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Telstra demands financial parameters be met before finalising Digicel Pacific deal

Australian telco, Telstra, is demanding that certain financial parameters be met before the company purchases Digicel’s Pacific unit.

Last month Telstra announced that it was locked in negotiations with Digicel after disclosing that “Digicel Pacific is a commercially attractive asset”. But chief executive Andrew Penn maintained that the deal is not yet guaranteed. Penn disclosed last week that Telstra will only make the acquisition if it yields adequate financial return for its shareholders.

Andrew Penn, CEO, Telstra (Photo: CMO Australia)

“Given the nature of these discussions, I am not able to say more at this stage other than any transaction will have to meet certain financial parameters. These include Telstra’s financial investment being the minor economic portion of the overall transaction, with all other capital being resourced on a non-recourse basis,” said Penn.

Telstra asked Digicel’s founder, Irish billionaire Denis O’Brien, to sit on the board of the company and for revenue forecasts to be underwritten for three years as part of the terms of the deal.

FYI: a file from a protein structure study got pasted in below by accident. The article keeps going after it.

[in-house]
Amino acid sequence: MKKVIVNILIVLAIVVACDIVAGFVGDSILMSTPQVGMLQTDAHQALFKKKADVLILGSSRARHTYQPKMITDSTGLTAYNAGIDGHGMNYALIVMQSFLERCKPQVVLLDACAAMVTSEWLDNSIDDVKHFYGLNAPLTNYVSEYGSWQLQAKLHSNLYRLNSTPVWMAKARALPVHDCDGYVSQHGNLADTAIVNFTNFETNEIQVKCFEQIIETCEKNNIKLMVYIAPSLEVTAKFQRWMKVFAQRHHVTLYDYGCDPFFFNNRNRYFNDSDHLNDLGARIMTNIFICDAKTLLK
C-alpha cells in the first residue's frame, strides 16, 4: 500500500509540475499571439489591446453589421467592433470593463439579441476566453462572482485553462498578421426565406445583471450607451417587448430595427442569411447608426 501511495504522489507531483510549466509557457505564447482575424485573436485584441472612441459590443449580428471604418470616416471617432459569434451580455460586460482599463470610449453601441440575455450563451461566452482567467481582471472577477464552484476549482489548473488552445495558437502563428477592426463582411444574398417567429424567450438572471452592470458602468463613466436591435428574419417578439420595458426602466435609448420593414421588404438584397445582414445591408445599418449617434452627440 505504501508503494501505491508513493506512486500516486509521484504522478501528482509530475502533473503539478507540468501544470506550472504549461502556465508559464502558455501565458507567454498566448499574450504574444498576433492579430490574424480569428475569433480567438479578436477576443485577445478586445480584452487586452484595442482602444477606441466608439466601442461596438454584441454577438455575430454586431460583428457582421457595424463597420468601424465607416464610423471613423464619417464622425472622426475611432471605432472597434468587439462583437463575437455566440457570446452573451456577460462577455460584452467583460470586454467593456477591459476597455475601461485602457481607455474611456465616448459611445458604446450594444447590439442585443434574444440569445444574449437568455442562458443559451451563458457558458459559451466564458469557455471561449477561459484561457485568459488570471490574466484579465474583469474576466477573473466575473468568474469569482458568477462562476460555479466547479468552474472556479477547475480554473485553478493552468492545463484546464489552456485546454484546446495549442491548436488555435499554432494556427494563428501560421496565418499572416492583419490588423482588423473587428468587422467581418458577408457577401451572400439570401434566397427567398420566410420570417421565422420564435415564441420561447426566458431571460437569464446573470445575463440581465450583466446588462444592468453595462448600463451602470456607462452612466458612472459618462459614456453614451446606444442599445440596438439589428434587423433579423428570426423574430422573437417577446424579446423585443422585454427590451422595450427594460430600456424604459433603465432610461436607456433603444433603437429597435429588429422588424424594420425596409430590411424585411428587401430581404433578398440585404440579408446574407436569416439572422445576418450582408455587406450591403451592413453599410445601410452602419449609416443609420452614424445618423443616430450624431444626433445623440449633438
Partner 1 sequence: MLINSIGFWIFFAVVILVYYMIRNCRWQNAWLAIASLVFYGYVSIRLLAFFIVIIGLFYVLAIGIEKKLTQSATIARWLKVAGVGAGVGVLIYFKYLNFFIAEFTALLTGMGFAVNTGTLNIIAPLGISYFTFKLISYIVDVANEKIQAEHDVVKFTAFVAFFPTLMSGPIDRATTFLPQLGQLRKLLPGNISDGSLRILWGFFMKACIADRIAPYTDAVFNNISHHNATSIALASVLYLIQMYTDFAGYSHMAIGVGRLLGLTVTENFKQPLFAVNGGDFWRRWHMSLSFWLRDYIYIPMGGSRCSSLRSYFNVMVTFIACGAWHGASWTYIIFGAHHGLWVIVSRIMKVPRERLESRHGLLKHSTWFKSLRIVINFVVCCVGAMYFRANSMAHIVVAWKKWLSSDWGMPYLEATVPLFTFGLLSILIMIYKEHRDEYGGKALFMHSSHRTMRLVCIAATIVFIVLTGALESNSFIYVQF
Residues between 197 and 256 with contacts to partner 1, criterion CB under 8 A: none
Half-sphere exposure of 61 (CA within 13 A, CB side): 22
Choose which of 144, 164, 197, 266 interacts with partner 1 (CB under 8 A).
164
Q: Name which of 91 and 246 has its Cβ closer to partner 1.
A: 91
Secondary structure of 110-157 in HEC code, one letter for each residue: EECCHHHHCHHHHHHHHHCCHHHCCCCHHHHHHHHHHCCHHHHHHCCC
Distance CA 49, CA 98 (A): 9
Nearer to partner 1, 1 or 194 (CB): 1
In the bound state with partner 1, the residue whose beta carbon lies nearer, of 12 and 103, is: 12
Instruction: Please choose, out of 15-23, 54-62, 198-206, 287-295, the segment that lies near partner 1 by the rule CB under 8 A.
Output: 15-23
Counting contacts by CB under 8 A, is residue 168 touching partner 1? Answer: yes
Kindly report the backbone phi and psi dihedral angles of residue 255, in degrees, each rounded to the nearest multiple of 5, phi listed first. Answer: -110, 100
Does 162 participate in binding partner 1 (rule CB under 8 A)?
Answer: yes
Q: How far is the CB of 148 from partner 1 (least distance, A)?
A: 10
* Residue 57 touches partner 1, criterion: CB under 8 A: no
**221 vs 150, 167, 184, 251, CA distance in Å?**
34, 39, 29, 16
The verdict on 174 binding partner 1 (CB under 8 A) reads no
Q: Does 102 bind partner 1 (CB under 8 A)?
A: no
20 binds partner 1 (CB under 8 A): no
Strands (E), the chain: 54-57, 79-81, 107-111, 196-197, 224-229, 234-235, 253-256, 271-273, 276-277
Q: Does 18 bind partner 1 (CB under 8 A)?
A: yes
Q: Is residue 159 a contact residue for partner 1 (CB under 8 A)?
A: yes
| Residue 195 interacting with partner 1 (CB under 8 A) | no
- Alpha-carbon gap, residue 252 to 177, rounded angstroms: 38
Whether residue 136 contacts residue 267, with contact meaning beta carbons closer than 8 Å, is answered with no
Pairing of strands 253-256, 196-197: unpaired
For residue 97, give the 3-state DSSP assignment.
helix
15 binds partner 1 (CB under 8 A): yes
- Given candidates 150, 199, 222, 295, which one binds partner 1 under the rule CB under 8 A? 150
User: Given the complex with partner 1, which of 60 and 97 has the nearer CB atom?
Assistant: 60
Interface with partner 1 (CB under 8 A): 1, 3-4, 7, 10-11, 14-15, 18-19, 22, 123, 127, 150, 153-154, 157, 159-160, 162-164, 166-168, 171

Digicel founder Denis O’Brien (File photo)

The pacific operations of Digicel comprise its businesses in Papua New Guinea, Fiji, Samoa, Vanuatu, and Tahiti, where it is the biggest mobile carrier in these Pacific states. Digicel has been trying to offload its Pacific operations in an effort to pay off its multi-billion-dollar debt to bondholders.

Digicel Pacific is the least indebted part of the wider group. Digicel hired Citigroup late last year to advise on a possible sale of its Pacific business, after receiving a number of unsolicited approaches for the unit. Telstra, which last month confirmed its interest in the business, has tabled a bid valued at €1.25 billion that would be backed with a loan from the Australian Government.

The Digicel global headquarters in Kingston, Jamaica. (File photo)

According to an Irish Times report, the Australian Government’s involvement in the purchase is being widely seen as a move to block China’s influence in the region. Last year Digicel denied an Australian newspaper report that it was considering a sale of its Pacific business to Chinese-owned telco operators. China Mobile and ZTE are also reportedly interested in buying Digicel Pacific, which has 3G and 4G mobile phone networks and access to undersea cables.